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Posted on 13th June 2014
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This story, from a few weeks ago, raises an interesting dilemma.
Mark Carney, the new governor of the Bank of England, says that bankers should be more ethical in the way that they do business. This is not a new idea: business leaders in all industries have been asked to be more ethical, more green, and generally more socially responsible many times in recent years.
Whilst I think that this is a very good idea, and a prerequisite for success in many recent drives to make the world a better place (less prone to financial crises and less polluted, and with less tax avoidance), we seem to be forgetting something rather important.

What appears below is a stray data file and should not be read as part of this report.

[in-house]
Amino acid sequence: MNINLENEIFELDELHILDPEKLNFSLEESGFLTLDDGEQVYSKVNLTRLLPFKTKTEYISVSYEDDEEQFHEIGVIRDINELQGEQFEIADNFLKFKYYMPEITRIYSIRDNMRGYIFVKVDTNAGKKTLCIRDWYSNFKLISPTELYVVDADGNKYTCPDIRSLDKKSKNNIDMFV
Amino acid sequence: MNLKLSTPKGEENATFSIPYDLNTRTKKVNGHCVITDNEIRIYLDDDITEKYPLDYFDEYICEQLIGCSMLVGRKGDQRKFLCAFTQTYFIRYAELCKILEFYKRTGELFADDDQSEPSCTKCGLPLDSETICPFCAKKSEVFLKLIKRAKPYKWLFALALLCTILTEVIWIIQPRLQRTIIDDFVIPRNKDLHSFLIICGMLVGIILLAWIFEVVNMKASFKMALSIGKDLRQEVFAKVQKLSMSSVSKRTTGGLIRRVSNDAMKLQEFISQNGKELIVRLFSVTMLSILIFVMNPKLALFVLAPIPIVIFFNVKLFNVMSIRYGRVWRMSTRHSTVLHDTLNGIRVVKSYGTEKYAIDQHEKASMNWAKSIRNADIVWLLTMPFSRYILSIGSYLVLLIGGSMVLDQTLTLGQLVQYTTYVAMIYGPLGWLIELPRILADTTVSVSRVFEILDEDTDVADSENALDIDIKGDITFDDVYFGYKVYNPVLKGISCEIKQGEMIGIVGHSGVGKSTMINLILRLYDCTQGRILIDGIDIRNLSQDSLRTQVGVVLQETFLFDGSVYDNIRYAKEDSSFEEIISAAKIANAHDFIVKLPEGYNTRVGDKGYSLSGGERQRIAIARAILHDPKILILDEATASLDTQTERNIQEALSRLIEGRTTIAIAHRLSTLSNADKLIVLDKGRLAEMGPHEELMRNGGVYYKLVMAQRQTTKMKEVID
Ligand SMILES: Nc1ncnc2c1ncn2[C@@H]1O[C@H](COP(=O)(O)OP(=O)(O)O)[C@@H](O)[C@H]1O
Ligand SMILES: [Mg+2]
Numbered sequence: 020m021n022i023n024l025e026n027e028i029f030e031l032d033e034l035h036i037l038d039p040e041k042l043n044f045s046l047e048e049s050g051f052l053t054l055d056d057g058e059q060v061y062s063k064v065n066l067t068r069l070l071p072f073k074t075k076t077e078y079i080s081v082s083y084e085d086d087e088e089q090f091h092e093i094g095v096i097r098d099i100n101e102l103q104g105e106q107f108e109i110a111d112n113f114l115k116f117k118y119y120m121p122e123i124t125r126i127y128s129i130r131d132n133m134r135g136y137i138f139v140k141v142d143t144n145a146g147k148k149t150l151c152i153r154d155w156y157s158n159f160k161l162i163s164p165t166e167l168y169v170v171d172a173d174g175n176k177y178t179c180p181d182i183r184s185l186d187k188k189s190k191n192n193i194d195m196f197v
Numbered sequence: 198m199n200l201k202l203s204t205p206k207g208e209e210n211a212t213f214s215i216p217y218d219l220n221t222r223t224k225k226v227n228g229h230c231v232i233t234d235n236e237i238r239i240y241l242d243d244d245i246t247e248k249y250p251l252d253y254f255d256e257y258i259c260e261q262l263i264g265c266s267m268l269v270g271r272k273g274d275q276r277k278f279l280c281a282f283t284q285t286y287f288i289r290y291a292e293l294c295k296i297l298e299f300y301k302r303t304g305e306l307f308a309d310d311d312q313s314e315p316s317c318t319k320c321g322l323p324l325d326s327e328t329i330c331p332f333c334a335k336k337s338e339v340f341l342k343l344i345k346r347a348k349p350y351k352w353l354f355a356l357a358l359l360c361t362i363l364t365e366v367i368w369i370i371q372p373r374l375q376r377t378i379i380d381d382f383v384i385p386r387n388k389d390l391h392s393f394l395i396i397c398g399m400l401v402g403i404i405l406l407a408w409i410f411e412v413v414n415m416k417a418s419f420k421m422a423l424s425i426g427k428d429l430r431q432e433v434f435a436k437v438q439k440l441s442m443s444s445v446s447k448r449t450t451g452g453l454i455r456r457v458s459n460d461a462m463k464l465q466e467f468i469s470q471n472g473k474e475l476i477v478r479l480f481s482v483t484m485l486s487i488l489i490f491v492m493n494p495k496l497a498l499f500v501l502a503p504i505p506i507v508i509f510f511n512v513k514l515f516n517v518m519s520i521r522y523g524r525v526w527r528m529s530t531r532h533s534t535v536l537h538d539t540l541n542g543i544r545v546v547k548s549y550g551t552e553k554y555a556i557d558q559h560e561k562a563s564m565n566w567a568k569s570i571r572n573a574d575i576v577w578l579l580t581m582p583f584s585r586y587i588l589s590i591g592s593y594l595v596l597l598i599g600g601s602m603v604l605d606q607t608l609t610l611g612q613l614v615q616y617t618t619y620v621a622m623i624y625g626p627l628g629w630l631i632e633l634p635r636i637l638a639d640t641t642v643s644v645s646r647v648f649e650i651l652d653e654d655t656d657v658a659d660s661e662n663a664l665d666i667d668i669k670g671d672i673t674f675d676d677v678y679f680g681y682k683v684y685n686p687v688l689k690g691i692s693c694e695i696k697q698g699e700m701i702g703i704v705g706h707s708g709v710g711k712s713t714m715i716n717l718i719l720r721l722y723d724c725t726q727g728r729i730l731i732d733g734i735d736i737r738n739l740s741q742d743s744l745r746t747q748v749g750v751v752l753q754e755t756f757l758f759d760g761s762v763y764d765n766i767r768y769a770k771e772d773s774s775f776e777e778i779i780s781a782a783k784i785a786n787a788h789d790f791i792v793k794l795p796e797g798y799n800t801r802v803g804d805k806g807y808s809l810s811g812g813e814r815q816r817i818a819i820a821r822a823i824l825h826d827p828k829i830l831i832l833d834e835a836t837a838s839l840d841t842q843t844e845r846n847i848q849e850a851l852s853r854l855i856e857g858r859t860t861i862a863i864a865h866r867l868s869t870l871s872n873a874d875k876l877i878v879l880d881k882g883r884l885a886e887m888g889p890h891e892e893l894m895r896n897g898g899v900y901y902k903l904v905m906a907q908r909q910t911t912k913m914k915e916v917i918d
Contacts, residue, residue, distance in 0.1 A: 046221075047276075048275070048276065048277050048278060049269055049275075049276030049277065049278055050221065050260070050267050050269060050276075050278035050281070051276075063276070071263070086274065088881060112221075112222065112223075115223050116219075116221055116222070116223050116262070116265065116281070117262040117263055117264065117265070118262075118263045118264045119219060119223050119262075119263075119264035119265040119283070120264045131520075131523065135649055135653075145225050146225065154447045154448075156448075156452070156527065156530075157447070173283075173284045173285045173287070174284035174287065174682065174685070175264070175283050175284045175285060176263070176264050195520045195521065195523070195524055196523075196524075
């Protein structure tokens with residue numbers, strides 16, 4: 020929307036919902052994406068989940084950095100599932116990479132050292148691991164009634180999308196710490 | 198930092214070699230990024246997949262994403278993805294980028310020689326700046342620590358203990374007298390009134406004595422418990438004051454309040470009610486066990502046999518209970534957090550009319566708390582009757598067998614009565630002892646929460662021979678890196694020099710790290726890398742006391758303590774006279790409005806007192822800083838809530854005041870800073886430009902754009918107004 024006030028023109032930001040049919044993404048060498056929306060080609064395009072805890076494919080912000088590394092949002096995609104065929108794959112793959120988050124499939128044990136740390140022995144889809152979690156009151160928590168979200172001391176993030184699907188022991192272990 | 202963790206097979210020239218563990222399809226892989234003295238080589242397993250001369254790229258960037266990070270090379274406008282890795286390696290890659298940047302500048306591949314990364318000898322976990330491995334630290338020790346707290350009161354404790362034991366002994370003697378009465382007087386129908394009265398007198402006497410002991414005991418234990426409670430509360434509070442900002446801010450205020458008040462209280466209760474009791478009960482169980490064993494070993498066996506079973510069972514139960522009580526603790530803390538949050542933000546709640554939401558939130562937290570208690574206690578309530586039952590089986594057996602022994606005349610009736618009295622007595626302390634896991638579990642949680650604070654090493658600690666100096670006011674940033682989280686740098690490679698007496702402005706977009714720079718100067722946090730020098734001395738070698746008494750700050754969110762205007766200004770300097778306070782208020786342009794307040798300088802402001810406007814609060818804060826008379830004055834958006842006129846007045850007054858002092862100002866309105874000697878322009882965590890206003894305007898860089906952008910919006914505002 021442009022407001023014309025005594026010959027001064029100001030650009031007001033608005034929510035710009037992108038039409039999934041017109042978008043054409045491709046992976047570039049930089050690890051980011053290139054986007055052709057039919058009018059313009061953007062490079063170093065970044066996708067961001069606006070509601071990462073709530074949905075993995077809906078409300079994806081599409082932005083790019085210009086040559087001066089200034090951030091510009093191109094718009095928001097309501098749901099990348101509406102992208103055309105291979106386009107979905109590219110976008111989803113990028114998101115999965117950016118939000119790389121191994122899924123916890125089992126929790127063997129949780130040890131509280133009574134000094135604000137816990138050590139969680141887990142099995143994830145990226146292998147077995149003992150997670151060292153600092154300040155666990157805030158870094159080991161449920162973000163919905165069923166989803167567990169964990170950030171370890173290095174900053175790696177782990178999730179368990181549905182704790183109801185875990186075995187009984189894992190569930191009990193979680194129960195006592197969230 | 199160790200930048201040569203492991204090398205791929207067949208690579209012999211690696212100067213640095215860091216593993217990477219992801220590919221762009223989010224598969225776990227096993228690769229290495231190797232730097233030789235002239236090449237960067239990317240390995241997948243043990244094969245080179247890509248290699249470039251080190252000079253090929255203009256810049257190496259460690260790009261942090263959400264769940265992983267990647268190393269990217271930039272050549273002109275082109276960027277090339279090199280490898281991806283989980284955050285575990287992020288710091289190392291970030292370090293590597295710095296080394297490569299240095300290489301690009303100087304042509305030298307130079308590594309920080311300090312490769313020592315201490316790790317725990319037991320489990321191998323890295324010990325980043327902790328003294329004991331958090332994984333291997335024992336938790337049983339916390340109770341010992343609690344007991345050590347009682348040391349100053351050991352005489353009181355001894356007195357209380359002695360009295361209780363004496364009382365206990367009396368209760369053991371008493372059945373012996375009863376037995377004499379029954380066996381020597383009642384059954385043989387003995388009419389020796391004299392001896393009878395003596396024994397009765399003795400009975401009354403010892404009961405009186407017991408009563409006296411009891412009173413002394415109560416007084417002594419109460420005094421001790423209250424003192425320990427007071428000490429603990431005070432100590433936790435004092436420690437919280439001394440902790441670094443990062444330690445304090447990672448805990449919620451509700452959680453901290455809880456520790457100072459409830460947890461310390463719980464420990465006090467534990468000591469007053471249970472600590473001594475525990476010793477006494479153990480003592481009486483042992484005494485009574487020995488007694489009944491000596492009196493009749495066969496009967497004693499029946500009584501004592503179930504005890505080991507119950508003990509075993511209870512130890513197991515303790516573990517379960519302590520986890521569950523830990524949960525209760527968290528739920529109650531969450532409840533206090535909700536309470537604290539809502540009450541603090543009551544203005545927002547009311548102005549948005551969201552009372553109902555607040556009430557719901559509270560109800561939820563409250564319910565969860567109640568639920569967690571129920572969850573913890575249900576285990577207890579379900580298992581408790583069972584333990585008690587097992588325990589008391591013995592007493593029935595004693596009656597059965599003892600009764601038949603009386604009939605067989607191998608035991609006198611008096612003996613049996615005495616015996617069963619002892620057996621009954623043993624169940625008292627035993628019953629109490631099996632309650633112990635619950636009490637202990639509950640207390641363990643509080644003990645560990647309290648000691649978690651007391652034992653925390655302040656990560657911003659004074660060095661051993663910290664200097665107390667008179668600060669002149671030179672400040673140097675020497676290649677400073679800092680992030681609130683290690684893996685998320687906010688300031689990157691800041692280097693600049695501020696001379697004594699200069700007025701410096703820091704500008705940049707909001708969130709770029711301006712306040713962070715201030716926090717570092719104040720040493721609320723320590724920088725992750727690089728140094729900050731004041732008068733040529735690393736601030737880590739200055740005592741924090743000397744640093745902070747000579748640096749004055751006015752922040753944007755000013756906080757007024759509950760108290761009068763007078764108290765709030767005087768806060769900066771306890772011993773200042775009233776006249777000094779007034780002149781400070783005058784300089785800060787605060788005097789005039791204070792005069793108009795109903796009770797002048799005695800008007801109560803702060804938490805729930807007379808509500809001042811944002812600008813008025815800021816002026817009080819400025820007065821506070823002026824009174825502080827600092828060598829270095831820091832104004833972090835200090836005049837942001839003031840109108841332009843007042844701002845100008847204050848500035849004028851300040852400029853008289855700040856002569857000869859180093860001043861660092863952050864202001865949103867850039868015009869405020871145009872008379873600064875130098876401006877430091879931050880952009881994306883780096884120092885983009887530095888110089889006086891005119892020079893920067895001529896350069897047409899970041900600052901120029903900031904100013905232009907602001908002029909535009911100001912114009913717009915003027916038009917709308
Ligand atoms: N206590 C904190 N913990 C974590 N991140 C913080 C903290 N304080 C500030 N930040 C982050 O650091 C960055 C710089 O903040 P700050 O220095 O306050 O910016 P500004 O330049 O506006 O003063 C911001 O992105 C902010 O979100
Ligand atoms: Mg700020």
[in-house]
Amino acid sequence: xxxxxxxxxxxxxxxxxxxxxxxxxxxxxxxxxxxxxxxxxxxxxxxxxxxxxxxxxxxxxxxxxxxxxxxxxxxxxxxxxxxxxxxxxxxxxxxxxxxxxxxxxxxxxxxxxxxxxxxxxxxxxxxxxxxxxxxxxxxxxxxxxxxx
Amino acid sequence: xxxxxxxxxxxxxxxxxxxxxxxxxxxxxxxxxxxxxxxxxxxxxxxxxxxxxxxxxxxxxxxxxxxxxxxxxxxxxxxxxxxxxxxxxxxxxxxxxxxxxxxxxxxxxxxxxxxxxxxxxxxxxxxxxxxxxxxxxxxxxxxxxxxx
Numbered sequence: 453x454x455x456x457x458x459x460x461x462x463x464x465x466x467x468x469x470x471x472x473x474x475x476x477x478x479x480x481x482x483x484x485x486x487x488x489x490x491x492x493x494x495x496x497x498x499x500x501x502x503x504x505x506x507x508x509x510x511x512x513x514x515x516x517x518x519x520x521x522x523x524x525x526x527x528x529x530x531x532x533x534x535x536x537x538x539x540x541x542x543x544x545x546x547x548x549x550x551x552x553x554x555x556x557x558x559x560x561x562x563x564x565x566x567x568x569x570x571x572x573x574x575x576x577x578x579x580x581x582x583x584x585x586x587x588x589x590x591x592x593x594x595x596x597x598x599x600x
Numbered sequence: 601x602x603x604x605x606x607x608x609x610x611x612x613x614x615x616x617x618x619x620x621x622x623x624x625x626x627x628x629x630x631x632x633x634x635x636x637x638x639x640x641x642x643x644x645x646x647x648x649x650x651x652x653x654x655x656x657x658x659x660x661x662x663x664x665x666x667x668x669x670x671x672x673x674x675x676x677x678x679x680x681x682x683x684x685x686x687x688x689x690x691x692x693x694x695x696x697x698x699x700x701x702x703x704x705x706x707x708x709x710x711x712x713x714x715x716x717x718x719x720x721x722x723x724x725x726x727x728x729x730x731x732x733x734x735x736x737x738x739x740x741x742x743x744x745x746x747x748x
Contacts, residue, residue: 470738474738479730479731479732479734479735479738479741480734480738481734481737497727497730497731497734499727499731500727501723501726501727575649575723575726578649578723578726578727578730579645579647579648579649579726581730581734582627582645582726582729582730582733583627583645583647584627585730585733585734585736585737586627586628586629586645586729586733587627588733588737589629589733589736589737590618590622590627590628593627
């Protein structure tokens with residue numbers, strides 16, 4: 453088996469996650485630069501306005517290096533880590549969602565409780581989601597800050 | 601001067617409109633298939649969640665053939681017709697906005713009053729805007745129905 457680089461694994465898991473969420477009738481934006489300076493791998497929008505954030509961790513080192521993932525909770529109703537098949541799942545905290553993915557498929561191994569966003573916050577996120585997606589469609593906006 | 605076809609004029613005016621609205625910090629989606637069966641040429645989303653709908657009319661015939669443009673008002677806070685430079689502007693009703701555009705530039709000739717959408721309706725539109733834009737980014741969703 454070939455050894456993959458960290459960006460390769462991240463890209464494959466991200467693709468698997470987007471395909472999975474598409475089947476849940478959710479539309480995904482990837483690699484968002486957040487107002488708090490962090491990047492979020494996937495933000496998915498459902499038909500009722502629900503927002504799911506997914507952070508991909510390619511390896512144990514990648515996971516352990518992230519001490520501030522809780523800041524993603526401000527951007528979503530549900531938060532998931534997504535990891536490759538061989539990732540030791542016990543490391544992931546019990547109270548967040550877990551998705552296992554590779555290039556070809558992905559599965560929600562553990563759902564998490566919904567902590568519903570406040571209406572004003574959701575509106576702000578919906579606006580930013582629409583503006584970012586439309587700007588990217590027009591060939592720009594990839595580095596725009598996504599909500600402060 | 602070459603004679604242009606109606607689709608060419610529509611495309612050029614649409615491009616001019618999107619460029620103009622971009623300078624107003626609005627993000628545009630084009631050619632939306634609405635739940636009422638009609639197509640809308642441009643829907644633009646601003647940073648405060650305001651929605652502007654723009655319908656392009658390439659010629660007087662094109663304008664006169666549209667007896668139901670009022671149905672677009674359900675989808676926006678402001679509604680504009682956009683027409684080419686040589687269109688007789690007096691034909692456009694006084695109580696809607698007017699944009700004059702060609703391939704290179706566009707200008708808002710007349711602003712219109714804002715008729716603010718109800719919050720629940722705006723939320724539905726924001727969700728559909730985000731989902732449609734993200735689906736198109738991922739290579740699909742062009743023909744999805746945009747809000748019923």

Business leaders are answerable to their shareholders, and to the regulatory arms of stock exchanges and similar bodies. Their answerability is very clear, and very simple: to maximise profit. If they make decisions which do otherwise, they can be fired, fined, and even barred from office.
If we want business leaders (bankers and other executives) to be more ethical, we therefore need to change the rules under which they operate. We need to not only take away the risk of punishment and censure for "doing the right thing", but also to forcefully incentivise being more ethical. Any system of incentives needs to be strong enough to outweigh the loss of income which results from decisions which reduce (or even just defer) profits, remembering that senior executives get very large bonuses based on performance (i.e. the profits and turnover of their companies).
So, Mr. Carney, please devote a little more attention to the changes needed to enable this more ethical approach to business. Without those changes, it is all just wishful thinking.